Using Technology to Deepen Democracy, Using Democracy to Ensure Technology Benefits Us All

Sunday, June 10, 2007

Richard Rorty, October 4, 1931 -- June 8, 2007

Richard Rorty has died. If I had never read his work, I would quite literally not be the person writing these words.

I still viscerally remember the experience of reading Contingency, Irony and Solidarity when it was first published in 1989. I felt utterly overwhelmed and inadequate in the face of the text and read it from the first page through to the last and then, without a second's pause, flipped back to the first page and read it again to the end. Then, still unsatisfied with myself, I started again right away and re-read it a third time after that.

For me, Richard Rorty remains the definitive anti-authoritarian writer. His notorious diatribes against conventional philosophical "truth-talk" were hardly the glib or vacuous celebrations of relativism they were regularly derided as, but constituted an affirmation of that which is good in the way of belief and so stands up to the tests of experience, testifies to the urgencies of personal perfection, and facilitates the conversation of peers, but while at once decisively repudiating the transcendentalizing seductions of Priestly authority -- the false assurances of certainty, finality, purity, and ease, whether in the name of God or of Science or of Convention. When Rorty insisted that there was no "truthful" language available to us in which we might say the way the world is in a way the world would prefer to be described in he managed to imagine a world that was truly without even the vestigial scientistic trace of faithfulness in false gods, false idols, false forces of history, in the false priestly pieties that interminably demand our obedience or our worship. This godless world Rorty testified to was scarcely an arid or barren landscape, but one that he filled instead with the clamorous conversation of a free and expressive humankind, a world of creative and collaborative peers. His was a world that deserved and demanded the democracy which, Rorty always insisted, had firm priority over even the philosophy to which he dedicated his life.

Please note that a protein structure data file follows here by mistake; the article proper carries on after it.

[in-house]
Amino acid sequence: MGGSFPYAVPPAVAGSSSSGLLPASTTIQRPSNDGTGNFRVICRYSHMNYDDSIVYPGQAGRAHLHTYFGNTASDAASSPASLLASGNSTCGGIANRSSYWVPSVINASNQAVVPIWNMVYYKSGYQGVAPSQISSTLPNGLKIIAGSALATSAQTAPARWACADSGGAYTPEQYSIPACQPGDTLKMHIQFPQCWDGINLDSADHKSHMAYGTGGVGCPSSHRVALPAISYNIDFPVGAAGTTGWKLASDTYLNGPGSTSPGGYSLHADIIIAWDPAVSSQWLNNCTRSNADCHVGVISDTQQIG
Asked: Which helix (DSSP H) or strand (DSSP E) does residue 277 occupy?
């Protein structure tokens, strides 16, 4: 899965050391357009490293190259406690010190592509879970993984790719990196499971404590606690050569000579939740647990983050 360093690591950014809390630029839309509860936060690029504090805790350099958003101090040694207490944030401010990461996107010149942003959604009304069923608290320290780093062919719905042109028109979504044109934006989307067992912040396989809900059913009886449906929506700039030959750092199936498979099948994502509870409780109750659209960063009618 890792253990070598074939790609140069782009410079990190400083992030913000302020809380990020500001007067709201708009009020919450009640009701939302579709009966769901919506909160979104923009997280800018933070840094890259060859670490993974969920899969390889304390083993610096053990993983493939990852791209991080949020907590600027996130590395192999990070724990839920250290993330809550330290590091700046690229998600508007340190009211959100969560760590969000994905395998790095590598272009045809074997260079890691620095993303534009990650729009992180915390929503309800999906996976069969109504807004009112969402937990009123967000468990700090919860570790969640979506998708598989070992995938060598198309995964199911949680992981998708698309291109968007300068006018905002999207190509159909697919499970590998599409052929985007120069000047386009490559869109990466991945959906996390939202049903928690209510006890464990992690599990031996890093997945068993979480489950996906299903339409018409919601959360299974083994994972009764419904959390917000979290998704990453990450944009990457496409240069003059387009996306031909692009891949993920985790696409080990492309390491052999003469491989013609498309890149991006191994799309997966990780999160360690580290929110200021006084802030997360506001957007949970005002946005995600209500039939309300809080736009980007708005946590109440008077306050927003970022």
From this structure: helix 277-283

Richard Rorty, democrat, secularist, progressive has vanished from the world.

I will remember him, I will read him, I will teach him, and I will write in the tug of his gravity until I vanish from the world myself.

2 comments:

Robin said...

Beautiful memorial, Dale.

I was really surprised when I heard this news this morning - just 2 weeks ago I was asked to cover a class of a colleague so he could go speak at a conference where Rorty was speaking. You can imagine this news in my pragmatist-rich department.

Jonathan Pfeiffer said...

This is sad news, indeed.